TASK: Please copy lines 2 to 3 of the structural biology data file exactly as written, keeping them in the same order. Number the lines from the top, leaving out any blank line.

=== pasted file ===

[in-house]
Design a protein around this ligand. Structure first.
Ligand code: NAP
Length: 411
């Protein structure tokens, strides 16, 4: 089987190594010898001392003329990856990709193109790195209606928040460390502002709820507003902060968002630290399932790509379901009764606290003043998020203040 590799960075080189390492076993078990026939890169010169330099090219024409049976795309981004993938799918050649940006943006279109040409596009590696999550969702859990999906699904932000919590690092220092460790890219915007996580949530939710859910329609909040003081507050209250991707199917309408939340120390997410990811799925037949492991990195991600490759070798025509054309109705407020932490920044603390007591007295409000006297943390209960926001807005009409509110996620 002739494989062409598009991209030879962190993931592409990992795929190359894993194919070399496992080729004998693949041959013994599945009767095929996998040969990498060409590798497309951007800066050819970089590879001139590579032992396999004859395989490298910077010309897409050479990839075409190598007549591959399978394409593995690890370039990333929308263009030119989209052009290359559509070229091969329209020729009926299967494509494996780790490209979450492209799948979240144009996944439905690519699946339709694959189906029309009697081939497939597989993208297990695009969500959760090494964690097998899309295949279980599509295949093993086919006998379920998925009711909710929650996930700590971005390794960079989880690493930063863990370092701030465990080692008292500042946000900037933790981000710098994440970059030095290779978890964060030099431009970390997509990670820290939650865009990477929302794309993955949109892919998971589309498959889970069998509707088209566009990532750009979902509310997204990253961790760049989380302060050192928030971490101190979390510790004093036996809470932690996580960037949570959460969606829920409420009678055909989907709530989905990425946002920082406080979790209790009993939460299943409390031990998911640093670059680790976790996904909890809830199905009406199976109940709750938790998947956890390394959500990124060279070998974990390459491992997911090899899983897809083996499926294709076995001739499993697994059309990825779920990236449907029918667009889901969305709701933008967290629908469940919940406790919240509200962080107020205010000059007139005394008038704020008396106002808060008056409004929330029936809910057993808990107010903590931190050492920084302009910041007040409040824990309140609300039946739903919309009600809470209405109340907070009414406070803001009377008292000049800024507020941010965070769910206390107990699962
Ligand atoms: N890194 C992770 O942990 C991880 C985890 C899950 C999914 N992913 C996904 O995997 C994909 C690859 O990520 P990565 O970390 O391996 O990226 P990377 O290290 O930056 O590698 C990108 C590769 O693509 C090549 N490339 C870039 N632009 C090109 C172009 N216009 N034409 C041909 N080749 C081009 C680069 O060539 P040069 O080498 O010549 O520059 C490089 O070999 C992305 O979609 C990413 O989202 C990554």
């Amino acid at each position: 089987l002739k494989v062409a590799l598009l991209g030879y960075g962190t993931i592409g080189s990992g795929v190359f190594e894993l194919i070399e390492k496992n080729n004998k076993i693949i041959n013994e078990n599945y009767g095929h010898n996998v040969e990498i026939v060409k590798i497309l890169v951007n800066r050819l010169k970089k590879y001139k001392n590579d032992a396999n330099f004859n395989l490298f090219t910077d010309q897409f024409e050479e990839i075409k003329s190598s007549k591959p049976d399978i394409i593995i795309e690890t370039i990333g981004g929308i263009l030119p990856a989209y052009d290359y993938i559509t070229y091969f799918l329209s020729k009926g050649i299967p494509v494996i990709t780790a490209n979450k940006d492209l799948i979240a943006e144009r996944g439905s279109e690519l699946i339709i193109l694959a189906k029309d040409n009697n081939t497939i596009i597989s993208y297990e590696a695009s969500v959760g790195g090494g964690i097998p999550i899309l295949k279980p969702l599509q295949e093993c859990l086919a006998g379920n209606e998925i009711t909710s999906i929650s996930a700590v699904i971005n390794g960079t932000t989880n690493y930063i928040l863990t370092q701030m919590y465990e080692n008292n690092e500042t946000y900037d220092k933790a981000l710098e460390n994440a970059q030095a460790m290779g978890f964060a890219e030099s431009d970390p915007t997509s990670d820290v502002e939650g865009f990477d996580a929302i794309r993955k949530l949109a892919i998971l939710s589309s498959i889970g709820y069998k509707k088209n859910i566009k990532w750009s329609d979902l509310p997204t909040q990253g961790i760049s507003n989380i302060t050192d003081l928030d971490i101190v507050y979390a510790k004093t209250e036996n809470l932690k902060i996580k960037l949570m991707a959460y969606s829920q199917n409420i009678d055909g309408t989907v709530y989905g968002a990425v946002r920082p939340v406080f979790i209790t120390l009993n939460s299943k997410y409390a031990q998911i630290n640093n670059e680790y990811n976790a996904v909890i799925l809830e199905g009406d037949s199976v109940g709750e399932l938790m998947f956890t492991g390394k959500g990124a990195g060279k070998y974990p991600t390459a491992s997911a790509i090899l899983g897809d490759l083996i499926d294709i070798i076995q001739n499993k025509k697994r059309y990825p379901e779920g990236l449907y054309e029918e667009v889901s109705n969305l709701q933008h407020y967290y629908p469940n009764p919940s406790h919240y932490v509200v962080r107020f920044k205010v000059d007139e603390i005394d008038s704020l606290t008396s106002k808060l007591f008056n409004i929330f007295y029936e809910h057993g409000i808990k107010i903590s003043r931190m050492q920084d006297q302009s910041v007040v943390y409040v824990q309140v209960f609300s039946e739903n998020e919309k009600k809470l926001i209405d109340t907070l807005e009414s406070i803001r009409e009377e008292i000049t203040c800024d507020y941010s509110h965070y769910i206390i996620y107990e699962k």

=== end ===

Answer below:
Design a protein around this ligand. Structure first.
Ligand code: NAP